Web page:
story by Rich Miller and Shobhana Chandra
BLOOMBERG — The U.S. economy looks set to deliver a repeat performance in 2012: for the third straight year, it may suffer a swoon yet not slip into a recession.
“I don’t think the slowdown will be any more consequential than the past two years,” said John Ryding, a former Federal Reserve researcher who is chief economist at RDQ Economics LLC in New York. “There are positives out there in the economy. We’ll avoid a recession.”
Household balance sheets are in better shape, with indebtedness down about $100 billion in the first quarter, according to the New York Fed. Banks are more profitable: Earnings have risen for 11 straight quarters, based on data compiled by the Federal Deposit Insurance Corp.
Even the housing market is reviving, with starts through the first four months of this year 24 percent higher than the comparable 2011 period.
Stocks plunged on Friday on news that American employers last month added the fewest workers to their payrolls in a year while the jobless rate rose. Treasuries gained, sending yields to record lows, as investors sought refuge from rising financial strains in Europe and slowing growth in the U.S. and China. German and U.K. yields fell to all-time lows after Spanish Economy Minister Luis de Guindos said the future of the euro is at stake.
Orders to U.S. factories unexpectedly declined for a second month in April, pointing to a deceleration in manufacturing as the global economy cools, according to a Commerce Department report released Monday (June 4). Bookings dropped 0.6% after a revised 2.1% slump in March, the first back-to-back decreases in more than three years.
Following the jobs report, Michael Feroli, chief U.S. economist at JPMorgan Chase & Co. in New York, lowered his forecast for third-quarter economic growth to 2% from 3%. He sees the economy expanding 2.5% this quarter.
Allen Sinai, CEO of Decision Economics in New York, bumped up his odds of a recession next year to 15% from 10%.
Mitt Romney, the presumptive Republican nominee in November’s presidential election, seized on the jobs figures to attack Barack Obama.
“It is now clear to everyone that President Obama’s policies have failed to achieve their goals,” he said in a statement.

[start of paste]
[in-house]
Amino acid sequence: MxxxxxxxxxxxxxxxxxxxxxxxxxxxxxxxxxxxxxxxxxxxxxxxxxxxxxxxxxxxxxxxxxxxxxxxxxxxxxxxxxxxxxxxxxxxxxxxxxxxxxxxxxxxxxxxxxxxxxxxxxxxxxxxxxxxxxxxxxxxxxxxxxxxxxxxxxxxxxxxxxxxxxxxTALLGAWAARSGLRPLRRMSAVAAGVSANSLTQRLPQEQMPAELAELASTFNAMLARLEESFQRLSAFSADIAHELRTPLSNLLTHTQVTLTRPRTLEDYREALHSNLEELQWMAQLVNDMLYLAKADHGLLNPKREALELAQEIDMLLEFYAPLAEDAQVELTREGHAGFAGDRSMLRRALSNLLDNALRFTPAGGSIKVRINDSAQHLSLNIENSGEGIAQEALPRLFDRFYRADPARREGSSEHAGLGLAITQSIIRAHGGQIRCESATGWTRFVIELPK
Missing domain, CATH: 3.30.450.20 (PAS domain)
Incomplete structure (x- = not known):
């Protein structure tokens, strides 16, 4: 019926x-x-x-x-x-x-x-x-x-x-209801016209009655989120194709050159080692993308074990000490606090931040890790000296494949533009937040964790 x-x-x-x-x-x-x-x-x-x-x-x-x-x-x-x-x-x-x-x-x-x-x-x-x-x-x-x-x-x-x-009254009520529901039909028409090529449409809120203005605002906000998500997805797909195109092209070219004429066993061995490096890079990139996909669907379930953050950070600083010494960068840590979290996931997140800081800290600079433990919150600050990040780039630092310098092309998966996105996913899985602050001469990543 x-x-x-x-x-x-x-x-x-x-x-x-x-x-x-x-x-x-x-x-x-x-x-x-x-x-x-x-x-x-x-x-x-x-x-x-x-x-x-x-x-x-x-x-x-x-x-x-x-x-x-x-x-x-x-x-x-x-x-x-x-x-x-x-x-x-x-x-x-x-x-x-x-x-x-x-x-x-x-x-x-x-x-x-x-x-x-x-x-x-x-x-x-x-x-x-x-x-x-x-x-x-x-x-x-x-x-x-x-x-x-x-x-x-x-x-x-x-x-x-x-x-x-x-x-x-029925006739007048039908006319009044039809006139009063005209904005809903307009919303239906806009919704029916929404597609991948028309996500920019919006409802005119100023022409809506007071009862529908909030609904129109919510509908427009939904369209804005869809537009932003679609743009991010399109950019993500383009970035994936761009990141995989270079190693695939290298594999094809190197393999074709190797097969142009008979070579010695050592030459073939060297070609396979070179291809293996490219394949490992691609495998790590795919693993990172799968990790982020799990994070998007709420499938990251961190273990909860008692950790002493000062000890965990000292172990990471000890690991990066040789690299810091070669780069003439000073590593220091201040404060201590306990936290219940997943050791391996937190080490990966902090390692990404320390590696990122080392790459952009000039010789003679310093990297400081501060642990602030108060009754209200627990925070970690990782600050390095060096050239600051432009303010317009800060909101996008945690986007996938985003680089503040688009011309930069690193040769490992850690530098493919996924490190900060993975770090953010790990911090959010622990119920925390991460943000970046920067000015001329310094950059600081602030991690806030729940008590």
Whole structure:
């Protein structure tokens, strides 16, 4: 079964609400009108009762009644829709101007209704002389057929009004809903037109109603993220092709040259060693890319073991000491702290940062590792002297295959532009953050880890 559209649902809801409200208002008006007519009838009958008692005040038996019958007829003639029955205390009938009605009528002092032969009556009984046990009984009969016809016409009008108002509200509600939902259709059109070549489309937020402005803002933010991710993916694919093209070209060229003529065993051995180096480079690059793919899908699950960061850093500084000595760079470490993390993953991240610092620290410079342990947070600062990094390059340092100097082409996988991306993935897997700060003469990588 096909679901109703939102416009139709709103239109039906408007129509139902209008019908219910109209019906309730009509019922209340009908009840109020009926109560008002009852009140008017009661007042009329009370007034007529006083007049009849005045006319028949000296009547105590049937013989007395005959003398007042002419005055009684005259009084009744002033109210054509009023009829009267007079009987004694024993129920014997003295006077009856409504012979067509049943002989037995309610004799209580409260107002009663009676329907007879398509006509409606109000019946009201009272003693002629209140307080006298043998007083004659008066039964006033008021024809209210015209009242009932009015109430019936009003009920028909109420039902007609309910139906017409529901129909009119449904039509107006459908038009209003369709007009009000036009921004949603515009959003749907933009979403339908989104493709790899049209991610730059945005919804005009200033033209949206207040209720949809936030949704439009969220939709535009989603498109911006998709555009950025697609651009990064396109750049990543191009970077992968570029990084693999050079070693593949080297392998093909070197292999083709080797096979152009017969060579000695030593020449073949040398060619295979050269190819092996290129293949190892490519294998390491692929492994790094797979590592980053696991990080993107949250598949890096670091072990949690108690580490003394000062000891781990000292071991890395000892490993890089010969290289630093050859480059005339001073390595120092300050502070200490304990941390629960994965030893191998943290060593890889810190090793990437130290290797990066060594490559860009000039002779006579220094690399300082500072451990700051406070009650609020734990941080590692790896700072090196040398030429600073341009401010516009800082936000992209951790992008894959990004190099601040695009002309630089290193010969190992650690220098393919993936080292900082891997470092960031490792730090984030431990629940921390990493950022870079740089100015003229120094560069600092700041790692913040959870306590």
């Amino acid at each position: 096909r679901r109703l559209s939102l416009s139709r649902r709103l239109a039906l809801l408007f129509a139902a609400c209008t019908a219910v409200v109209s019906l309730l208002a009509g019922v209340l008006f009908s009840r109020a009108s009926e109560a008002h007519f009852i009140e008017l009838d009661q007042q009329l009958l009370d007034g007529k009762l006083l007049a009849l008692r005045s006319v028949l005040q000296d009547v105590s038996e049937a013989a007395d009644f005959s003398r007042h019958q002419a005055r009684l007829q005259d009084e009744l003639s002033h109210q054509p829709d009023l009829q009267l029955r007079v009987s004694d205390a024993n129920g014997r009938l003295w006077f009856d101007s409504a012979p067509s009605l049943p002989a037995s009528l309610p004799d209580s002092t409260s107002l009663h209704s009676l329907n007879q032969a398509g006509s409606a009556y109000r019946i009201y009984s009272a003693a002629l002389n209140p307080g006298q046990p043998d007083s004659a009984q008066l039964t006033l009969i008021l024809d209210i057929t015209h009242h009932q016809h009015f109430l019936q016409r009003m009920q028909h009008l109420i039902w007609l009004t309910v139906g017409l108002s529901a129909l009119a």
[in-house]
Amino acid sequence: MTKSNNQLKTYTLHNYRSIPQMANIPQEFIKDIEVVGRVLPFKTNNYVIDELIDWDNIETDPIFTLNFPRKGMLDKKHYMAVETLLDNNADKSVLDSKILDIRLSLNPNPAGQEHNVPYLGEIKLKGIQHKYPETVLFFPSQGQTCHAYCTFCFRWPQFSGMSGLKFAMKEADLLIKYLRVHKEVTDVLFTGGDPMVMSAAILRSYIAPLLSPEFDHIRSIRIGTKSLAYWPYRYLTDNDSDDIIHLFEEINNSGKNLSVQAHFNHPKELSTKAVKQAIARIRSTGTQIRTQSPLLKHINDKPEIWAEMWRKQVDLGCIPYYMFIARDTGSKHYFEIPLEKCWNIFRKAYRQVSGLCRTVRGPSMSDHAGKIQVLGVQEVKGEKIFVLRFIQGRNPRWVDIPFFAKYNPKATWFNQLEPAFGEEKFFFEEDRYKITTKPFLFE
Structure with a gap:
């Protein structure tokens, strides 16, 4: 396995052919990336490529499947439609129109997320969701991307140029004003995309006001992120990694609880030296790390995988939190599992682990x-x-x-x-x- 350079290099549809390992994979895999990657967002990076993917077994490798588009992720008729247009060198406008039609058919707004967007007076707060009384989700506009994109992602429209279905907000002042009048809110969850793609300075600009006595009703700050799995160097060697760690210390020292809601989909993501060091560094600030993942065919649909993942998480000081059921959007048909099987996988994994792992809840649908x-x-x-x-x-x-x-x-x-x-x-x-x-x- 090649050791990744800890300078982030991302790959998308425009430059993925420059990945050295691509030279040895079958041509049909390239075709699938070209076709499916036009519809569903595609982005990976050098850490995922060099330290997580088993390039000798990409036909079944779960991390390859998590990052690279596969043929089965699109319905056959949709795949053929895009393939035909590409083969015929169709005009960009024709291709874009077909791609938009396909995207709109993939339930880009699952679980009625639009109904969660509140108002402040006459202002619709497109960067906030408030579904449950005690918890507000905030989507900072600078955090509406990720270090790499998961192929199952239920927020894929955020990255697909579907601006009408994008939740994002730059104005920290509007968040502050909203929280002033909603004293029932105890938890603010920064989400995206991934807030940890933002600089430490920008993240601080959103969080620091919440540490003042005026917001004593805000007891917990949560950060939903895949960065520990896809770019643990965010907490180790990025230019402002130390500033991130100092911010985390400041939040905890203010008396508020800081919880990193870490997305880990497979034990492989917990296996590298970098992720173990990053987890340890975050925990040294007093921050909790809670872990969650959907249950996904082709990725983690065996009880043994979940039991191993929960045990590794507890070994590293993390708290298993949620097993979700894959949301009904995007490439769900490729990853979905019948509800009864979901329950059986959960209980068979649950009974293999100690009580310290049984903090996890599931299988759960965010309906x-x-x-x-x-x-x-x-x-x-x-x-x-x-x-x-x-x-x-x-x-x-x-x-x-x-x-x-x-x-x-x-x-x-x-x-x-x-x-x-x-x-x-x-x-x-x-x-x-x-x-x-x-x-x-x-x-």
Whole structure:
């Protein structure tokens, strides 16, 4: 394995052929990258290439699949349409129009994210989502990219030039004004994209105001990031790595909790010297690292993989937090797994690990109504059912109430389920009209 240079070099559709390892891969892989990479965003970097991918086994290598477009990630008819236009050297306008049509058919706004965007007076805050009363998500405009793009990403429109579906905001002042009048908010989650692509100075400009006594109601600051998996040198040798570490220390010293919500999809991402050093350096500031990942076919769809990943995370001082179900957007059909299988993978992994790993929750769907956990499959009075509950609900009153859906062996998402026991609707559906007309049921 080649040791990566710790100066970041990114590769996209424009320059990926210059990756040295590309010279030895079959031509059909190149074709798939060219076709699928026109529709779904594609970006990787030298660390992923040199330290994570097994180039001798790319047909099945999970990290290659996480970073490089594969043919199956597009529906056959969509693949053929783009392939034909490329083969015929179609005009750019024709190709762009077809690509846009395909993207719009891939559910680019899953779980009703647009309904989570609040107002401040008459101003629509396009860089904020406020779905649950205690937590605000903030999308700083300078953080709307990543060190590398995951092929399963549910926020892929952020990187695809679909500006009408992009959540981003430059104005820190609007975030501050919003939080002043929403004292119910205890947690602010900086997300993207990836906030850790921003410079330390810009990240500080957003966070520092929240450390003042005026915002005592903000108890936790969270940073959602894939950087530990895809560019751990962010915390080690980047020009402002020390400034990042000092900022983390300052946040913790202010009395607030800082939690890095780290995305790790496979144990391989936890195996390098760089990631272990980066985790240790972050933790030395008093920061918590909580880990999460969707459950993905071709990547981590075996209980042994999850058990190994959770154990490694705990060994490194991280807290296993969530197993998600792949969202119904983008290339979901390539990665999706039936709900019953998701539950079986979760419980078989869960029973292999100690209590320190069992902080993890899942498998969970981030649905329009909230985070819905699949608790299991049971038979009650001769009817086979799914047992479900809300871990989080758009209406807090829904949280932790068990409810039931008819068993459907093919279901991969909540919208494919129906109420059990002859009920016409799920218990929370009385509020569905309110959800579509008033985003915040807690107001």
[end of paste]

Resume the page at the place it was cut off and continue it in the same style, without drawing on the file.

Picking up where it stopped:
The administration, seeking to blunt the political impact, highlighted private payroll gains over the past 27 months while promoting measures Obama has proposed to boost hiring.
The decline in jobs growth to 69,000 last month from a high this year of 275,000 in January was reminiscent of the labor-market cooling that occurred in 2010 and 2011. Then as now, employers turned skittish as Europe’s sovereign-debt woes worsened.
Repeating the pattern of the last two years, Fed Chairman Ben S. Bernanke and his fellow central bankers are likely to respond to the job-market weakness by announcing further steps to stimulate growth. The moves could come when the Fed meets on June 19-20 to decide monetary strategy, Feroli said in a note to clients. Bernanke may give a hint of the Fed’s plans when he testifies to Congress on June 7.
Sinai said the U.S. is in “better shape” to weather the global economic tremors than it was in the past, and in comparison with other countries today, provided the euro region’s currency compact doesn’t collapse completely. He sees U.S. growth picking up to 2.5% to 3% in the second half of this year as consumer spending expands, encouraging employers to take on more workers.
• Household purchases rose 0.3% in April, the Commerce Department reported on June 1. That followed a 2.7% annualized increase in the first quarter, the most since the final three months of 2010.
• While automobile sales slipped in May from April, they were still up 17% from a year earlier, according to Ward’s Automotive Group.
• Consumers are benefitting from easier credit terms as financial institutions seek to put the money they’ve earned to work. U.S. banks “eased standards on credit card, auto and other consumer loans,” according to the Fed’s quarterly survey of senior loan officers, released on April 30.
• The average price of regular unleaded gasoline fell to $3.61 a gallon on May 31 from a 2012 high of $3.94 on April 5, according to AAA, the nation’s largest motoring group, as oil demand ebbed with the slowing world economy.
• The average rate for a 30-year mortgage dropped to 3.75% in the week ended May 31 from 3.78%, according to Freddie Mac, the McLean, Va.-based mortgage financier.
• The drop in loan rates is aiding housing, the trigger for the worst recession since the Great Depression. Confidence among U.S. homebuilders jumped to a five-year high in May, the National Association of Home Builders/Wells Fargo index showed.